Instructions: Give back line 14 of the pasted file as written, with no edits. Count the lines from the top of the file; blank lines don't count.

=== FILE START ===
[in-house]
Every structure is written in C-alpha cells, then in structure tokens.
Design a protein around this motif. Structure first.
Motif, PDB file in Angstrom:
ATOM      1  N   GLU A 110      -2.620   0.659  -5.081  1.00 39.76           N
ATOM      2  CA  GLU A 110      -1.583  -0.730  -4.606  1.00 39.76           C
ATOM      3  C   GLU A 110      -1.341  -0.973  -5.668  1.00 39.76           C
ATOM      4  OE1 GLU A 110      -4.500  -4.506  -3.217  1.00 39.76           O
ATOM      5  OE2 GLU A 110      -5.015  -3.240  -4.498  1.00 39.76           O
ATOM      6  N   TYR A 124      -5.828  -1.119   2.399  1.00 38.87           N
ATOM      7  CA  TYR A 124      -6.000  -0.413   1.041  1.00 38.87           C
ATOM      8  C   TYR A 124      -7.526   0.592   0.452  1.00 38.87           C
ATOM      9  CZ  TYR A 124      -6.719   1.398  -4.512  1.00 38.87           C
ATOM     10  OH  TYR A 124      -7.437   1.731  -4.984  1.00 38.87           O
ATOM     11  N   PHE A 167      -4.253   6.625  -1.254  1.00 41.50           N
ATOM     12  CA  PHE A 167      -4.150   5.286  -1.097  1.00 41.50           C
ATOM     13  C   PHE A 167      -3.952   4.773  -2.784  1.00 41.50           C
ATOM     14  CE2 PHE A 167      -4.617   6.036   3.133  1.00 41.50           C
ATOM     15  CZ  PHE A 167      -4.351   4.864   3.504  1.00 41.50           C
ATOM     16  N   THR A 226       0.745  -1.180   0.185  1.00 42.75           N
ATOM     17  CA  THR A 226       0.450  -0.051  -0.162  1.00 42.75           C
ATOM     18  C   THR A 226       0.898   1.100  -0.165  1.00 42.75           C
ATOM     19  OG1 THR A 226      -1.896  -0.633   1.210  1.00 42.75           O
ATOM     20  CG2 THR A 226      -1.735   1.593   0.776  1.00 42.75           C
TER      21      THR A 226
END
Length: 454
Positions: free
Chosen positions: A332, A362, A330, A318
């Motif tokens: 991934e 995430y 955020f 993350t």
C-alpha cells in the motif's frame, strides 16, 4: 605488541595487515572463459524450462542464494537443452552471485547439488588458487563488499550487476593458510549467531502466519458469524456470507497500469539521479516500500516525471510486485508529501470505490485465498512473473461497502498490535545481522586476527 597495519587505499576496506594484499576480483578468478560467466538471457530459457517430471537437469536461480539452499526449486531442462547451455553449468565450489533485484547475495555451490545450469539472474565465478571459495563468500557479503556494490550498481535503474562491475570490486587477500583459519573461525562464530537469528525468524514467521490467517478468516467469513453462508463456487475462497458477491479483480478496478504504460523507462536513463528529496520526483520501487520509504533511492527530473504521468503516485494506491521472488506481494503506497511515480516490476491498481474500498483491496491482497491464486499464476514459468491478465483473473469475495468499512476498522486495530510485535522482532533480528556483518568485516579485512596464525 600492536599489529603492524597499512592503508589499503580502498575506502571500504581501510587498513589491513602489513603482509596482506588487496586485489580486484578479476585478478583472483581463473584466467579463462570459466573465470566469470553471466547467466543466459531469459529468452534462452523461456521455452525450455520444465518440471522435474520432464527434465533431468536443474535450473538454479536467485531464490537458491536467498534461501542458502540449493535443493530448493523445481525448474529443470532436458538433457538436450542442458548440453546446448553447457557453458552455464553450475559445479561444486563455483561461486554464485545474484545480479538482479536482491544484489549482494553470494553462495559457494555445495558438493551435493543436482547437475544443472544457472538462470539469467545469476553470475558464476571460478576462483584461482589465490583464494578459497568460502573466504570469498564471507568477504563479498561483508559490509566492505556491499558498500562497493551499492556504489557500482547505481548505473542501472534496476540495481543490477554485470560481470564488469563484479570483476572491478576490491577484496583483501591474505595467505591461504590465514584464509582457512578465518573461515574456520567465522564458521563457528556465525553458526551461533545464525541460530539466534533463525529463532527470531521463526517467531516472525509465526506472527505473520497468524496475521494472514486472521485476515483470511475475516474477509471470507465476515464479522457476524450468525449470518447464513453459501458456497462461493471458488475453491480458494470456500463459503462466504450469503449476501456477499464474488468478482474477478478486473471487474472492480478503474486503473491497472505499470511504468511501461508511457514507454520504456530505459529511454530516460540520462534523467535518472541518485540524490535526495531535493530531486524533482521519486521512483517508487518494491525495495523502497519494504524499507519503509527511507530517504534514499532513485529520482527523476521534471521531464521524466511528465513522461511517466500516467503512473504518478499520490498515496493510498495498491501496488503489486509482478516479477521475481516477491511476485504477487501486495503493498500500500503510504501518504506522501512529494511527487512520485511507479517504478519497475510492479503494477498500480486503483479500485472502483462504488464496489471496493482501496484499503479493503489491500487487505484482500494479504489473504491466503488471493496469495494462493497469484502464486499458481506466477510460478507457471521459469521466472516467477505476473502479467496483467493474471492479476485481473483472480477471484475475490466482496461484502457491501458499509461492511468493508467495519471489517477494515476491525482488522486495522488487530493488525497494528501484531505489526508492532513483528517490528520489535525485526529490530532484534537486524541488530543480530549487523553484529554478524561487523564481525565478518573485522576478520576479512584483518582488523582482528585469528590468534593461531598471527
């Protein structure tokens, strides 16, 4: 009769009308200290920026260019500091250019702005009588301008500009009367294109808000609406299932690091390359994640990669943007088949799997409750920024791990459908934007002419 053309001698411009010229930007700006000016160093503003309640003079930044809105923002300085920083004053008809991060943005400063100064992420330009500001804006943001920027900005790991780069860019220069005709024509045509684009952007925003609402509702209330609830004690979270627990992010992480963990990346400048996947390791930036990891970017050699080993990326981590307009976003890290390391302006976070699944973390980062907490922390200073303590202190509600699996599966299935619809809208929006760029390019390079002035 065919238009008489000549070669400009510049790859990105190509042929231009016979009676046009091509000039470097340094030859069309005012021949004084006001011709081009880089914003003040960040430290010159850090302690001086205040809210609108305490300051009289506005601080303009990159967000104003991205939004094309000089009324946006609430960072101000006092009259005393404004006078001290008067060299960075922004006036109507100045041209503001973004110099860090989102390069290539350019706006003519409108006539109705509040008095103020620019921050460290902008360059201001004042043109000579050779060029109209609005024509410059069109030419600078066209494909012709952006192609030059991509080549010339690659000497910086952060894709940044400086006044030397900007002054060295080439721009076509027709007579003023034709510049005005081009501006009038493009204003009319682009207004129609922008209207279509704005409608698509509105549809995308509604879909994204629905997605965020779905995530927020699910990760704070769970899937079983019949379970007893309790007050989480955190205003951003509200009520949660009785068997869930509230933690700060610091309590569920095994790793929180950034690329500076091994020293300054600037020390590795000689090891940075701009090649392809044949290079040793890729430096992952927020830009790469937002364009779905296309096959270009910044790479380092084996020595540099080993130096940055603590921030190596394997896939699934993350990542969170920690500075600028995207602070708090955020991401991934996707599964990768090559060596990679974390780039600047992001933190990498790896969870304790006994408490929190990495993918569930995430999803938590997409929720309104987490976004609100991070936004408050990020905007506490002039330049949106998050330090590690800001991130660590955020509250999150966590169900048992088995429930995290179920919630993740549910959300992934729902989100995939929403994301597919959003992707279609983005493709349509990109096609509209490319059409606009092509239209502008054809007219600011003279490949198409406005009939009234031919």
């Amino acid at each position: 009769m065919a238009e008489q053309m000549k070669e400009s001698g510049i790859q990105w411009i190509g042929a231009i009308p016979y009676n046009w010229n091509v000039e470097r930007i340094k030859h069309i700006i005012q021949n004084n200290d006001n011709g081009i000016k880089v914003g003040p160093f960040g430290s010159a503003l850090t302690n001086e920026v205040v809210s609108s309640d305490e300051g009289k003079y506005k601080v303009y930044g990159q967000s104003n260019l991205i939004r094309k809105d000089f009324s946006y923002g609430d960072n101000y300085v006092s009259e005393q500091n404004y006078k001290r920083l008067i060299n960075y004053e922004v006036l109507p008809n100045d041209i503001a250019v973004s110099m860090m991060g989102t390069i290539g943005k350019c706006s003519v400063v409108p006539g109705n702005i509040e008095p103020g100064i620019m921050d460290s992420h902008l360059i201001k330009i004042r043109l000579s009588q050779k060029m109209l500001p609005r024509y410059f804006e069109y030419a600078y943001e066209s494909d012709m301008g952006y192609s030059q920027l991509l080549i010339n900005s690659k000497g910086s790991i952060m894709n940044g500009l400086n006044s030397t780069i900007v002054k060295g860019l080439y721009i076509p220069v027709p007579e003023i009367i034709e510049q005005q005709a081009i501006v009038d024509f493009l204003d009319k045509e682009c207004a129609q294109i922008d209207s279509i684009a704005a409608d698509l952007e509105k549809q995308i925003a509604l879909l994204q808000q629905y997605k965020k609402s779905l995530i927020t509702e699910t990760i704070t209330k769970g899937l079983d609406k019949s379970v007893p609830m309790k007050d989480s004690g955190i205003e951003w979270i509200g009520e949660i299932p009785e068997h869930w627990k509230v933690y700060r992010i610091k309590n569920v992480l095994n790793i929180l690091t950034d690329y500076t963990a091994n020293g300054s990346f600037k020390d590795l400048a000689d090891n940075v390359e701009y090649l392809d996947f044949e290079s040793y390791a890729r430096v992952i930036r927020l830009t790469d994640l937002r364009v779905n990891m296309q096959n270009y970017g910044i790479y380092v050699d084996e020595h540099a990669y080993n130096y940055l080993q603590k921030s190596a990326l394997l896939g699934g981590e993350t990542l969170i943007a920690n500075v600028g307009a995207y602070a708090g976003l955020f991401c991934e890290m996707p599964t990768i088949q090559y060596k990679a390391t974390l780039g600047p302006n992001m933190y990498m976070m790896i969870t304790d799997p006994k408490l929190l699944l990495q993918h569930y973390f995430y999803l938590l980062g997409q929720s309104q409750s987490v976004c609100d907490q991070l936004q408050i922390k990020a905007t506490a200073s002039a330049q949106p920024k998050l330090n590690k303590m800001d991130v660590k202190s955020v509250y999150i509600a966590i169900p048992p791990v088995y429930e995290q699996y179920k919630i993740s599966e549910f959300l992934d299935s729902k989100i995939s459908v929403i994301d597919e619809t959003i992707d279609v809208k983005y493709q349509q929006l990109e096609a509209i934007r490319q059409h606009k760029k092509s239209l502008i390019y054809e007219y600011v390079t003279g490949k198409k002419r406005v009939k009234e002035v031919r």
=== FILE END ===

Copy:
ATOM     10  OH  TYR A 124      -7.437   1.731  -4.984  1.00 38.87           O